Categories
Summer 2022

JUN 4 | Black Violin

JUN 4 | 8 PM


Led by classically trained string players Wil B. (viola) and Kev Marcus (violin), Black Violin keeps “classical music alive for the next generation” (NPR). With influences ranging from Bach to Jay-Z, the group’s unique blend of classical and hip-hop breaks down stereotypes and encourages people of all ages, races, and backgrounds to come together. Black Violin is joined by gospel legends and Grammy Award-winners the Blind Boys of Alabama.

BLACK VIOLIN

For 17 years, Black Violin has been merging string arrangements with modern beats and vocals and building bridges in communities along the way. Members Kev Marcus and Wil Baptiste first met in orchestra class at Dillard High School in Fort Lauderdale, becoming classically trained on the violin and viola through their high school and college careers. Post-college, they reconvened to produce beats for South Florida rappers, and began building an audience in local clubs. They later went on to win Showtime at the Apollo in 2005, and eventually sold out headline performances at venues across the country, including a sold out two-night headline run at The Kennedy Center in 2018. NPR took note and declared “their music will keep classical music alive for the next generation.” Black Violin’s latest release, Take the Stairs (2019), earned a Grammy Award nomination for Best Contemporary Instrumental Album.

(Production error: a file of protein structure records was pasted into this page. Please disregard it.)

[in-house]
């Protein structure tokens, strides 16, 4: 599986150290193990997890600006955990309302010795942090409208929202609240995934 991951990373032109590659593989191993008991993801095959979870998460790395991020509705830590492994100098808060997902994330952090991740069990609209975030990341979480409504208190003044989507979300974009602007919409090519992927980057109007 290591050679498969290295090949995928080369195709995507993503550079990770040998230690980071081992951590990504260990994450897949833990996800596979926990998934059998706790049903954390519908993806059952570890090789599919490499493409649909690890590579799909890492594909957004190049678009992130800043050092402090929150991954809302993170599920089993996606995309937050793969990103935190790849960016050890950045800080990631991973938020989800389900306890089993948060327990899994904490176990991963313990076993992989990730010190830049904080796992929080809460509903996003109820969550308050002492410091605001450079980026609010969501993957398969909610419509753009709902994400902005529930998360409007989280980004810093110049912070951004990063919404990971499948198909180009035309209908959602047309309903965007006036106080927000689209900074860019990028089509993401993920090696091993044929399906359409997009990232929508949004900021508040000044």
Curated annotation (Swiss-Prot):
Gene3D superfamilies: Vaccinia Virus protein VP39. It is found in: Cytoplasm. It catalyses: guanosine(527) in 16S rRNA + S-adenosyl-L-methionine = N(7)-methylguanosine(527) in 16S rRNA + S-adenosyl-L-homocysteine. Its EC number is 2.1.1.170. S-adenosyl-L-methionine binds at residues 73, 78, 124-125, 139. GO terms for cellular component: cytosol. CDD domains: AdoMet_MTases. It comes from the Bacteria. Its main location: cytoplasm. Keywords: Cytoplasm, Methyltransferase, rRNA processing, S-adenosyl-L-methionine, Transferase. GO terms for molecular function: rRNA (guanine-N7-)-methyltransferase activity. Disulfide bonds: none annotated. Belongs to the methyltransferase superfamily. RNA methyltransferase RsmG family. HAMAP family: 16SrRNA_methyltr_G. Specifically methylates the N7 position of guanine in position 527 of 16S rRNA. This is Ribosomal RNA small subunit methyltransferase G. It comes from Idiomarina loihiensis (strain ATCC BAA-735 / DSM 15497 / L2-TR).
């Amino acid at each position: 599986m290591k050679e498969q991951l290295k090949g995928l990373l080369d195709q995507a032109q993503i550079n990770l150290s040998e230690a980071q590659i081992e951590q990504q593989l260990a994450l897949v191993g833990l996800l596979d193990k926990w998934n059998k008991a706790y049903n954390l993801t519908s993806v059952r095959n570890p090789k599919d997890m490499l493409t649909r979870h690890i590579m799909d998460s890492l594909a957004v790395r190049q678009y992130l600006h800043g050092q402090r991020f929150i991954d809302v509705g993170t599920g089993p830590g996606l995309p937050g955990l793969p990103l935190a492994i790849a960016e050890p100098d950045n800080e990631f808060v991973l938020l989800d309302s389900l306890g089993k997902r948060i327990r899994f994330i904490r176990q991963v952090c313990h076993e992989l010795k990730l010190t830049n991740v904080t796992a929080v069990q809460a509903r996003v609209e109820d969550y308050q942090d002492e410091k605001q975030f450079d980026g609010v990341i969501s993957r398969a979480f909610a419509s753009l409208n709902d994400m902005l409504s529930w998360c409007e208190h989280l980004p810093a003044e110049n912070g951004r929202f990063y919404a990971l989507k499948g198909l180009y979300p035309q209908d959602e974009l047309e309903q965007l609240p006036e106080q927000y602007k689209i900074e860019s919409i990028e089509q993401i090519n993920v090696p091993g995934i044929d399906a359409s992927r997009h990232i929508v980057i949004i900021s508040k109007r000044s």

Pre-pandemic, Black Violin was playing over 200 shows a year (many of these are performances for young low-income students in urban communities – in the last year alone, the group played for over 100,000 students) with the goal of challenging stereotypes and preconceived notions of what a “classical musician” looks and sounds like. “The stereotypes are always there, embedded so deep in our culture,” says Baptiste. “Just by nature of our existence we challenge those ideas. It’s a unique thing that brings people together who aren’t usually in the same room, and in the current climate, it’s good to bring people together.”

Last year, the group launched the Black Violin Foundation Inc., a non-profit organization dedicated to empowering youth by providing access to quality music programs in their community. Black Violin Foundation believes that music and access to music programs should not be determined by race, gender, or socio-economic status. Black Violin Foundation’s inaugural program the Musical Innovation Grant for Continuing Education will provide scholarships to young music students to attend a program of their liking that fosters musical creativity and innovation.

BLIND BOYS OF ALABAMA

The Blind Boys of Alabama are recognized worldwide as living legends of gospel music. Celebrated by The National Endowment for the Arts (NEA) and the Recording Academy with Lifetime Achievement Awards, inducted into the Gospel Music Hall of Fame, and winners of five Grammy Awards, they have attained the highest levels of achievement in a career that spans over 70 years.

The Blind Boys are known for crossing multiple musical boundaries with their remarkable interpretations of everything from traditional gospel favorites to contemporary spiritual material by songwriters such as Eric Clapton, Prince, and Tom Waits. They have appeared on recordings with many artists including Lou Reed, Peter Gabriel, Bonnie Raitt, Willie Nelson, Aaron Neville, Susan Tedeschi, Ben Harper, Patty Griffin, and Taj Mahal. The Blind Boys of Alabama have also appeared on The Tonight Show, Late Night, The Grammy Awards, 60 Minutes, The Colbert Report, and many other television shows.


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SPECIAL THANKS TO
Dan and Gayle D’Aniello,
Wolf Trap 2022 Season Underwriters